I showed this picture on Facebook and asked readers what they saw out of place. The broom! 

Another shot of  Lydia's multipurpose room.
The wooden drying racks to the right open up and she hangs her laundry on them. Clever.  

Saturday, July 20, 2013

Why four Amish men came running at me yelling, “Hey!”

It was in the high nineties here in W. PA yesterday, but Tim and I were on a mission. We bought 15 acres of land off an Amish friend and needed to build another access road. So, we went to several Amish homes to get advice concerning building codes and the cost of building a small barn. I’ll cut out the seven hour visit spree and tell you why I got myself in trouble.

It was just too hot to sit there in an Amish porch and went behind Moses' house and sat in my Jeep with the AC on to cool off. From the driveway which two Amish families share, I couldn’t believe what I saw going on at the neighbors. Fifteen or more Amish children, eight and under, playing tag in the yard, and when hot, putting their little heads under a water pump. One yanked on the pump handle and the children took turns getting refreshed.

So, I sinned. I took my camera, got out of the car and started snapping. I wouldn’t have posted them on Facebook with their faces visible, but blotted them out using Photoshop. Several shots in, that’s when I looked like a kid caught with her hand in the cookie jar. Four Amish men raced out of the house, fear etched on their faces, and I don’t know what they thought? A stranger in the yard trying to take a kid? Well, Levi, thank goodness, yelled to the men, “It’s Tim’s wife,” and they all relaxed and went back inside to a birthday party they were having for Levi's wife.

Levi came over to chat. He was so polite and said no pictures were allowed, but he was so sorry about having to say this. I told him I understood, since they have a different culture, telling him I upset some men in the Dominican Republic by taking up a hammer to help build something. The men thought this was not women’s work and refused to work alongside me. (Strange, but that’s another story)

I think Levi apologized four times in all with a lot of remorse. The Amish are pacifists, turning the cheek and peaceful people. When pesky tourists click the camera in their faces they just turn away but usually don’t yell. I think this is why Levi was apologizing.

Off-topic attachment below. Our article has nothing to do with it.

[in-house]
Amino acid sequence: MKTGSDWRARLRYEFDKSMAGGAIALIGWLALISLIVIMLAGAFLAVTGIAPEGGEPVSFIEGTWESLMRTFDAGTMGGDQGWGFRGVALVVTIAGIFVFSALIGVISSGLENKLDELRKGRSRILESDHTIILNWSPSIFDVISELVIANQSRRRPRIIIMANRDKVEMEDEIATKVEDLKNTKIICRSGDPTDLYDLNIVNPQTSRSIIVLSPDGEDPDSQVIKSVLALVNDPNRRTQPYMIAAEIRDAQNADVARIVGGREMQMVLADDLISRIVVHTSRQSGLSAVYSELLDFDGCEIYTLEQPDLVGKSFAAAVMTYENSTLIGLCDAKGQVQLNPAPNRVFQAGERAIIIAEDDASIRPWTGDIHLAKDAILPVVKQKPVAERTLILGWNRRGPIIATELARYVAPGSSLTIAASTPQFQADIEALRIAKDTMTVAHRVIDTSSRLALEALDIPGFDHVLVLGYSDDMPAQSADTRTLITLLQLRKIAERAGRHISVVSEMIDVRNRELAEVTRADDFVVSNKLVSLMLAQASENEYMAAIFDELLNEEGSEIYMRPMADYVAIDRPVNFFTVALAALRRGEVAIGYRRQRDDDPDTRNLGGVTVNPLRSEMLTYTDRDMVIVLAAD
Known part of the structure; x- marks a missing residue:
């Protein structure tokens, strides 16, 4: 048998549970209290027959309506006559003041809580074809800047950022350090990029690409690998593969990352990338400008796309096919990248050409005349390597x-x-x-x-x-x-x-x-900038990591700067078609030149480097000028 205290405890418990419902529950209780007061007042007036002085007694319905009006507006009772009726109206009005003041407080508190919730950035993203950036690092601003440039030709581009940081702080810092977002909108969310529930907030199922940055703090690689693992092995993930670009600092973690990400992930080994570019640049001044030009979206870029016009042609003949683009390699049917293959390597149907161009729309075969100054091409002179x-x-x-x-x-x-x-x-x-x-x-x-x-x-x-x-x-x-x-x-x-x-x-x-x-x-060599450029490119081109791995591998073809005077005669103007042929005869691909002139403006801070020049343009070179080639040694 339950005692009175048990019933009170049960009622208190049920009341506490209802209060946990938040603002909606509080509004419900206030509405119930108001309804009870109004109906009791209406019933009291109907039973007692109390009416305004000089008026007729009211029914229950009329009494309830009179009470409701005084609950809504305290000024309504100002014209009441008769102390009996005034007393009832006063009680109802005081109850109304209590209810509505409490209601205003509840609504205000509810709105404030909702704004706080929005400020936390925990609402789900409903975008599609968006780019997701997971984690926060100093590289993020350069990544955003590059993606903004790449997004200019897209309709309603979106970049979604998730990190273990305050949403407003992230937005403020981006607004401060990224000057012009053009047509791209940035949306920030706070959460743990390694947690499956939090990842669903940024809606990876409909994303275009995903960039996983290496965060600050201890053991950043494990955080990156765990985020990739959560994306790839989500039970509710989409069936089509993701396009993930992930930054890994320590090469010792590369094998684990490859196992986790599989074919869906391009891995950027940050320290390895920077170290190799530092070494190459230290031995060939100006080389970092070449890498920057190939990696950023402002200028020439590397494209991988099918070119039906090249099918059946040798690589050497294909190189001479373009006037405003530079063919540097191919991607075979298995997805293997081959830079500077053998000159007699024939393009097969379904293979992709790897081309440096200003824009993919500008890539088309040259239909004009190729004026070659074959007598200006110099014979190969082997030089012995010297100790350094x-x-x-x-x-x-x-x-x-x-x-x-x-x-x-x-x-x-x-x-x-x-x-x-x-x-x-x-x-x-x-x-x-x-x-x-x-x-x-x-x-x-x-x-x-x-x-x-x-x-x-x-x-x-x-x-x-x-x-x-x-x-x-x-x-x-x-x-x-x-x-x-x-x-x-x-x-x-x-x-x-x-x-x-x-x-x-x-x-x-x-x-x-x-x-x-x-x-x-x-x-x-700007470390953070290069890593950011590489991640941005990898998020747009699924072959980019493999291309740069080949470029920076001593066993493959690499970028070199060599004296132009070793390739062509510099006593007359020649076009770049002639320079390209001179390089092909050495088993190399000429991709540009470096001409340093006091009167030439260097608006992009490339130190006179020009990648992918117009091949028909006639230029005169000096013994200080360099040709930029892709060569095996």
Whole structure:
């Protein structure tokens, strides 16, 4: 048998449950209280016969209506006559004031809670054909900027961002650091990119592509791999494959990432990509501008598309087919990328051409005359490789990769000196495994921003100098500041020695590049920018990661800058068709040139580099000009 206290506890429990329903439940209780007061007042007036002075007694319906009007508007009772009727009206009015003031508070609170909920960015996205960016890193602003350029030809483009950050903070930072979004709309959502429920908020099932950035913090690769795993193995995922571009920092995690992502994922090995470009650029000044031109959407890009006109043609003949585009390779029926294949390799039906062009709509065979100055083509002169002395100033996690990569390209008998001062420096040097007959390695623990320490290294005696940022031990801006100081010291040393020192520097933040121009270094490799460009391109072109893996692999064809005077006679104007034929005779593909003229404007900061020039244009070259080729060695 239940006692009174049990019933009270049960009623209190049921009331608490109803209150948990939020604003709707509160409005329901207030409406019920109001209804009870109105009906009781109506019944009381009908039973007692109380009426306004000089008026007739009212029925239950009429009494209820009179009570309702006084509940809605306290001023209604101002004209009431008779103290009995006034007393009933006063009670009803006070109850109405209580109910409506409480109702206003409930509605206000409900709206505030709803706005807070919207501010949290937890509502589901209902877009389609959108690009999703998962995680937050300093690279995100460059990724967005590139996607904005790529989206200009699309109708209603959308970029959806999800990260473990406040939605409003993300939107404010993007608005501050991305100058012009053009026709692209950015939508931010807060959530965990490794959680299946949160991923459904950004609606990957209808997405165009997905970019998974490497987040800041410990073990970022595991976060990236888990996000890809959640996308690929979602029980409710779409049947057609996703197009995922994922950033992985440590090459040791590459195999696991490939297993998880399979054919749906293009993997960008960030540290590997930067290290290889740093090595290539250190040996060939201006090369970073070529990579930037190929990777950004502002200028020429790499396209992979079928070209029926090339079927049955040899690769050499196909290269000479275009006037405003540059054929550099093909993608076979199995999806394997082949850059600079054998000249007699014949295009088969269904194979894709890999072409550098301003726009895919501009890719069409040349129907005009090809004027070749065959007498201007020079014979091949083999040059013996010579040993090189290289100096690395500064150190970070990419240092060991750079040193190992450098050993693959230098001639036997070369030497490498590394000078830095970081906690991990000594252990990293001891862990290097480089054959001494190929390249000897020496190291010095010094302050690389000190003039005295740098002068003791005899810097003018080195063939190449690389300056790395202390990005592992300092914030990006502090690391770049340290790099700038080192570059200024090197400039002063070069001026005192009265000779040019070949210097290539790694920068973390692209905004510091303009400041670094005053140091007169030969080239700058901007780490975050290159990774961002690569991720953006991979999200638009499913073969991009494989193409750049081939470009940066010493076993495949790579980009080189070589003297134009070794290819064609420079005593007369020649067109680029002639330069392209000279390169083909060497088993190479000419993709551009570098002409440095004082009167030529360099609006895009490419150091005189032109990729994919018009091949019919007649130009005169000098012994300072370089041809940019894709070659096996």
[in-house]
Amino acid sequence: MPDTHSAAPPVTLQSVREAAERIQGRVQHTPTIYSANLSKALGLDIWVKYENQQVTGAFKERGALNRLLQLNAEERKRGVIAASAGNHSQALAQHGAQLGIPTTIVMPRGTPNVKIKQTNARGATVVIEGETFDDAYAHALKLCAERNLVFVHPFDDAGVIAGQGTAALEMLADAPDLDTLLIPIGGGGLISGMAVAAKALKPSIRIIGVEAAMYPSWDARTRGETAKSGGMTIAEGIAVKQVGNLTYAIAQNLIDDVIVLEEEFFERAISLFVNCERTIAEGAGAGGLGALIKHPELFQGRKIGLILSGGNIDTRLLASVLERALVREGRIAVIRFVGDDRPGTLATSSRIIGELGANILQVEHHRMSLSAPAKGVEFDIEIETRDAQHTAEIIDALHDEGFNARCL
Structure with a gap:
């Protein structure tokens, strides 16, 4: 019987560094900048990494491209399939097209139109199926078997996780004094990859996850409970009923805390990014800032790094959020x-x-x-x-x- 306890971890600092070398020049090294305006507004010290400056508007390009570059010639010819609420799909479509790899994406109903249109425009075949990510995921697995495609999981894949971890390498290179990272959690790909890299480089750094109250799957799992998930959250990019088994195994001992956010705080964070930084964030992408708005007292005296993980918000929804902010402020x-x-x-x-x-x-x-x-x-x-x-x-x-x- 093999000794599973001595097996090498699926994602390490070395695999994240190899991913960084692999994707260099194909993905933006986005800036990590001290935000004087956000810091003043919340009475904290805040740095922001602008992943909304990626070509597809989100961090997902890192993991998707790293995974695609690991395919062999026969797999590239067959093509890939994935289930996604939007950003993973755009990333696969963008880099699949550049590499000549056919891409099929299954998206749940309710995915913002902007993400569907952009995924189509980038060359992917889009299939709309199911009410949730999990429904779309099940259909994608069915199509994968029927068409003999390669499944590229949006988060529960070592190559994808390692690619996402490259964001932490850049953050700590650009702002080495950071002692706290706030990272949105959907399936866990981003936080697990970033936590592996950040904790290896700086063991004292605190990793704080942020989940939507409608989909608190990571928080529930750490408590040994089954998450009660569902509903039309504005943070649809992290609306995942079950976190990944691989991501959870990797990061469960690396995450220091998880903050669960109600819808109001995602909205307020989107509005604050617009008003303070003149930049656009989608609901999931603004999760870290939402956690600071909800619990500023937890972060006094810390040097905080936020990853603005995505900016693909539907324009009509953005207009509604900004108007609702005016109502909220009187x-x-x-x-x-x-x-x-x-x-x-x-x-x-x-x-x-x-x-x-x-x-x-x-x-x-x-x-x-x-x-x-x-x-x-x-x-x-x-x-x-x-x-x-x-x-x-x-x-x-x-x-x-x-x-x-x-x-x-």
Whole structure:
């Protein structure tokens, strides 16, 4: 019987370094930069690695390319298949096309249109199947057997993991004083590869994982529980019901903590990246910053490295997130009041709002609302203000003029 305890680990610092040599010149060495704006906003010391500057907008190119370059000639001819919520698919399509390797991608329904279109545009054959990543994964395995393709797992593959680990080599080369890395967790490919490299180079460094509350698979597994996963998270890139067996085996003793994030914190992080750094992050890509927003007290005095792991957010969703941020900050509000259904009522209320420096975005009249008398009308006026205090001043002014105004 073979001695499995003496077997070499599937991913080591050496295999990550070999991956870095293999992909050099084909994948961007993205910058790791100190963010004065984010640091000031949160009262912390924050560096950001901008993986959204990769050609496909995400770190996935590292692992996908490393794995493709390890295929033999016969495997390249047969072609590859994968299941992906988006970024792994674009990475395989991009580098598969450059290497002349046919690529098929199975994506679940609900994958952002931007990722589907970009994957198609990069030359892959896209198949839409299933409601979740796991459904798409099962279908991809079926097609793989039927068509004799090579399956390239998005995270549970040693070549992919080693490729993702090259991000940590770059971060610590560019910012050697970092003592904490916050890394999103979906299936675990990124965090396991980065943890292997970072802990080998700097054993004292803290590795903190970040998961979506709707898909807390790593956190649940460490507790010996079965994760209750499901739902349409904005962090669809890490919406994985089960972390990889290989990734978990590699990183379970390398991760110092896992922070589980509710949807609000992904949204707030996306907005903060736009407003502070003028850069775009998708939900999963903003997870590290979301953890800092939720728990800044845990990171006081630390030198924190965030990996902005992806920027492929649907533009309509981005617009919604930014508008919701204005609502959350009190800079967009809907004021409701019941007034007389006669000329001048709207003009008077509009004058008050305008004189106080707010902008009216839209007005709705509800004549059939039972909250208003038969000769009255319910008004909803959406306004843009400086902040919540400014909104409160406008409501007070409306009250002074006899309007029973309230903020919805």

Relationships with Amish friends are more important that getting folks to see Amish pictures on my blog or Facebook author page. Levi said stick to pictures of barns, windmills, farms etc. Other Amish say it’s the face that they don’t want shown, but a picture from the back is okay. I’ll stick to those two rules, and go to the Old Order Mennonite settlements springing up near us, who dress like the Amish but allow pictures. I'd never want to jeopardize a relationship with an Amish friend, and it will only get harder because the Amish family living next to our land has nine children and just got a pony! Oh, my, they're too cute when leading it around their house!


 One room schoolhouse in the summer where cow graze. This kind of picture even the Amish enjoy ;)

Thursday, July 18, 2013

Do the Amish read Classic Literature? Jane Austen? Charles Dickens? Amish Knit Lit Circle will answer your questions.

My new book, Amish Knit Lit Circle  just came out and the title shocks many, thinking the Amish don’t read anything but the Bible. Well, they’re avid readers, but very choosy as to what they read. I take books I’ve read to my Amish lady friends in Smicksburg, PA, anything from Jane Austen to Wanda Brunstetter. Their reactions crack me up. The middle age women and teens dive into them like kids getting presents under the Christmas tree.  Elderly women shake their heads and say, “Silly. Just read the Bible. It has the best stories and they’re true.”  

But the classics seem to be safe. Jane Austen, Charles Dickens and other greats write from a Biblical worldview, where right is right and wrong is wrong. The morals are high and very clean. But they still have to scrutinize classics, and struggles arise.  

Any writer needs a conflict, and so in Amish Knit Lit Circle I knew exactly what would happen in an Amish and English knitting circle that also was a book club. No fantasy, no ghosts, only realistic fiction. When Christmas rolls around the Smicksburg  Baptist Church is putting on the play, A Christmas Carol, and the English women are busy shopping and whatnot , and don’t have to time to read a novel that month. But when Granny opens A Christmas Carol and reads the first line, “Marley was dead: to begin with.  There is no doubt whatever about that. “

Granny is battling fear about her dear old husband passing away due to money problems, like Matthew in Anne of Green Gables, the book of choice last month.  Here’s an excerpt of this scene where then they discuss which book to read for next:  

 Granny opened it to read, Marley was dead: to begin with.  There is no doubt whatever about that.  What an odd way to start a book, Granny thought. “Janice, is this a sad book? About a man’s funeral?”

“No, it’s really like a long parable. You see, a miserly old man, Scrooge, is warned by his dead business partner that he needs to change his ways.”

Granny gasped. “A dead business partner? Do you mean this is about talking to the dead?”

“No,” Janice said. “It’s about three ghosts who visit –”

Mona stood up tall. “Ghosts? We don’t read about ghosts, or talking to the dead, or whatever you’re trying to say.”

Janice’s head jerked back as if slapped. “It’s called symbolism. The ghosts take Scrooge back in time to see his faults, and then show him the future.”

Granny could hardly believe she and Mona could both see eye-to-eye on anything. “Foretelling the future? It’s forbidden in the Bible. Janice, I’m surprised your church is doing this as a play.”